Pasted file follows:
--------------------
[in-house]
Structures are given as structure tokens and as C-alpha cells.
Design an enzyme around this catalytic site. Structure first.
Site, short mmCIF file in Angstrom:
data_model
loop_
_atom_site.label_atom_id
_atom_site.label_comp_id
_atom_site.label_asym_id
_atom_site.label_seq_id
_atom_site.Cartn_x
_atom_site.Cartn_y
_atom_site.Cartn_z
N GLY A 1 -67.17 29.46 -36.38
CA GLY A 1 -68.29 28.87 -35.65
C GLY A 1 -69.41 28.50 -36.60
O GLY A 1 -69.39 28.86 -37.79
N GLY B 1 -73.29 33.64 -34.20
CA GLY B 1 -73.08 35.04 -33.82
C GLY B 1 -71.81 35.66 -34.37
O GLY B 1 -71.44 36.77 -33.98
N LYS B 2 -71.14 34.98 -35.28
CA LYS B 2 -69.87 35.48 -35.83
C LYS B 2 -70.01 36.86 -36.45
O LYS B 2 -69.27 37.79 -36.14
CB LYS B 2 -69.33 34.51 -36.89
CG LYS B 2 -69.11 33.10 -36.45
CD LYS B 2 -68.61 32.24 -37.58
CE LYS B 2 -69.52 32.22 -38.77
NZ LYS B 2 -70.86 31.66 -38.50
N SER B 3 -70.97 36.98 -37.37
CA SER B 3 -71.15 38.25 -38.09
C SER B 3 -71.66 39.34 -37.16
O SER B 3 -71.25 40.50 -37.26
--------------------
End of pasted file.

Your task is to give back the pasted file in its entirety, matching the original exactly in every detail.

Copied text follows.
[in-house]
Structures are given as structure tokens and as C-alpha cells.
Design an enzyme around this catalytic site. Structure first.
Site, short mmCIF file in Angstrom:
data_model
loop_
_atom_site.label_atom_id
_atom_site.label_comp_id
_atom_site.label_asym_id
_atom_site.label_seq_id
_atom_site.Cartn_x
_atom_site.Cartn_y
_atom_site.Cartn_z
N GLY A 1 -67.17 29.46 -36.38
CA GLY A 1 -68.29 28.87 -35.65
C GLY A 1 -69.41 28.50 -36.60
O GLY A 1 -69.39 28.86 -37.79
N GLY B 1 -73.29 33.64 -34.20
CA GLY B 1 -73.08 35.04 -33.82
C GLY B 1 -71.81 35.66 -34.37
O GLY B 1 -71.44 36.77 -33.98
N LYS B 2 -71.14 34.98 -35.28
CA LYS B 2 -69.87 35.48 -35.83
C LYS B 2 -70.01 36.86 -36.45
O LYS B 2 -69.27 37.79 -36.14
CB LYS B 2 -69.33 34.51 -36.89
CG LYS B 2 -69.11 33.10 -36.45
CD LYS B 2 -68.61 32.24 -37.58
CE LYS B 2 -69.52 32.22 -38.77
NZ LYS B 2 -70.86 31.66 -38.50
N SER B 3 -70.97 36.98 -37.37
CA SER B 3 -71.15 38.25 -38.09
C SER B 3 -71.66 39.34 -37.16
O SER B 3 -71.25 40.50 -37.26